This will be my last message as CEO of Lung Foundation Australia.
After 13 years working at the Lung Foundation, and four in the role of Chief Executive Officer, it is with very mixed emotions that I leave an organisation which I am passionate about and which I have seen grow in significance, impact and reach.
When I first walked through the doors in our old Lutwyche office in 2005, there were seven of us. Our work largely revolved around Chronic Obstructive Pulmonary Disease (COPD), but a very young program in lung cancer was also showing some promise. We had a network of patient support groups and a very new 1800 Information and Support Line.
I now look around the office and see a full time staff of 27. Amongst them, we employ seven health professionals. 40% of our staff have a Masters degree or above.
I am very proud to have been part of an organisation that now fulfills the promise of its name – offering support across all lung disease, whether that is COPD, lung cancer, Interstitial Lung Disease, Pulmonary Hypertension, bronchiectasis or childhood lung diseases. We have a network of Lungs in Action exercise classes across the country. We have a specialised Lung Cancer Support Nurse available to provide expert advice to those trying to meet the challenges of this devastating disease. And we have raised funds to replicate this service for those with respiratory disease. In fact, last year, 27 people a day contacted Lung Foundation Australia for information, support and guidance – a testament to the wonderful staff at the end of the line.
We have also worked hard to increase awareness of lung disease, urgency around acting on symptoms and the fact that Lung Foundation Australia is here to help. When I took on the CEO role, a little more than 1 in 5 Australians over 18 knew who we were3. As I leave, this has increased to 1 in 34.
Our work to become a credible source of advice for government has also borne fruit. Last year alone, we held three successful parliamentary friends events, lodged 14 government submissions and are waiting for the outcome of our application for a Medicare Benefits Scheme subsidy for community-based pulmonary rehabilitation. We have recently been funded by the federal government to develop a National Strategic Action Plan for Lung Disease. You can read more on page 2 about this.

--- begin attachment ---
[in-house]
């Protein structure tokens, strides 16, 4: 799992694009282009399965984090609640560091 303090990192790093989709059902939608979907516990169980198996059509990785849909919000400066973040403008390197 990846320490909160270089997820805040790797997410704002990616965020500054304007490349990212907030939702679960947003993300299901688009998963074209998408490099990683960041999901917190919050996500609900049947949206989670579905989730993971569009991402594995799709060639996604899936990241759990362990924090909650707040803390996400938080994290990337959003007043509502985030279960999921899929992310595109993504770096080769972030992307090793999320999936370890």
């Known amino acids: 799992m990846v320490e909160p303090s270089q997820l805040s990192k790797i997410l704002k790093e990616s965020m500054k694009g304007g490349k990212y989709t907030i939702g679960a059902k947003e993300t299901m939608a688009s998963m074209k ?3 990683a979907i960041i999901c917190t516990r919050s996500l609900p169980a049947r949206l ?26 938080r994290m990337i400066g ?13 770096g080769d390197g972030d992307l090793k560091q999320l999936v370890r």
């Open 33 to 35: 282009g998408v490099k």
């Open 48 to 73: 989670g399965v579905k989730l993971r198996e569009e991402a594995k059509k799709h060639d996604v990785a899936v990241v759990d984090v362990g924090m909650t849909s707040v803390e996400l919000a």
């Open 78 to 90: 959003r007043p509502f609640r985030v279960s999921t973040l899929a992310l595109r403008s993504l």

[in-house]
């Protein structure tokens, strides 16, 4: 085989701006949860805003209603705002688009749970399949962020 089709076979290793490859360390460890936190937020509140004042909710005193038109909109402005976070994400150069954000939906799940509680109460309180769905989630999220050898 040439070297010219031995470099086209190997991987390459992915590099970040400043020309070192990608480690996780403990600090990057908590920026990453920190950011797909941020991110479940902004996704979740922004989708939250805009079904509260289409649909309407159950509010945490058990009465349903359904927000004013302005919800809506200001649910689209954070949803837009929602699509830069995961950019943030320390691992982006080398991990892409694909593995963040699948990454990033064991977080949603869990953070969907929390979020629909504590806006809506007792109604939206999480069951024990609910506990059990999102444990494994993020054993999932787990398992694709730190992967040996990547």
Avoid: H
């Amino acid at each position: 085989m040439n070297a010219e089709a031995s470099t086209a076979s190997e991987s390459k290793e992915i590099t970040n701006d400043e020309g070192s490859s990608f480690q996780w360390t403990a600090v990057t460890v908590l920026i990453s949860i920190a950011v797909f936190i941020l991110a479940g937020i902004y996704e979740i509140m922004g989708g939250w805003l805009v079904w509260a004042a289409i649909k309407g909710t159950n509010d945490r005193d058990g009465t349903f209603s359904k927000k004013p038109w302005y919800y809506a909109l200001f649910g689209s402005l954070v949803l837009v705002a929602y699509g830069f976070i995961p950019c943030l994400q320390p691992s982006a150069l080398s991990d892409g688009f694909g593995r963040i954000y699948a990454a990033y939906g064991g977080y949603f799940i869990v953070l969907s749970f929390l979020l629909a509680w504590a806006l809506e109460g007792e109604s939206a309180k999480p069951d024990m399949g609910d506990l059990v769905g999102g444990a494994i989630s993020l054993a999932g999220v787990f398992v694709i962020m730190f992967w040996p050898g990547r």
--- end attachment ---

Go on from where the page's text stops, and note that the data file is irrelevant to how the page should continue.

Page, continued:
Our support for research has seen a significant increase in the past four years. Our awards program has grown by 180% since 2015 – from $390,000 in award funding to $1.1 million last year. In addition to this, we raise funds and support important research initiatives, including our Idiopathic Pulmonary Fibrosis (IPF) Registry (routinely hailed as the best in the world); our new Bronchiectasis Registry which is already presenting data at international conferences; and our Australasian Lung Cancer Trials Group. Last year alone, it initiated and sourced funding of $7 million for seven new lung cancer trials that will involve 700 patients over the lives of those patients.
I believe I am now handing over an organisation whose reputation has been enhanced, which is regarded as a credible source of guidance for government, which is more accountable to its Board, which is a solid contributor to lung research; which is recognised as a good collaborator; a credible source of training and patient support and which is a very attractive proposition to recruit excellent staff.
These achievements are the result of a very hard working and passionate team at the Lung Foundation. They are the result of a committed Board, very ably led by Prof Christine Jenkins. And they are a result of outstanding contributions from our clinical and community volunteers, including an increasing number of very engaged and articulate patient advocates.
It has been a pleasure to work with all of you to achieve all of this. I am proud of what we have achieved together. I wish the Lung Foundation, under the leadership of a new CEO, the very best for the future.
3 Galaxy Research Omnibus, January 2014 (wave 1)
4 Galaxy Research Omnibus, March 2018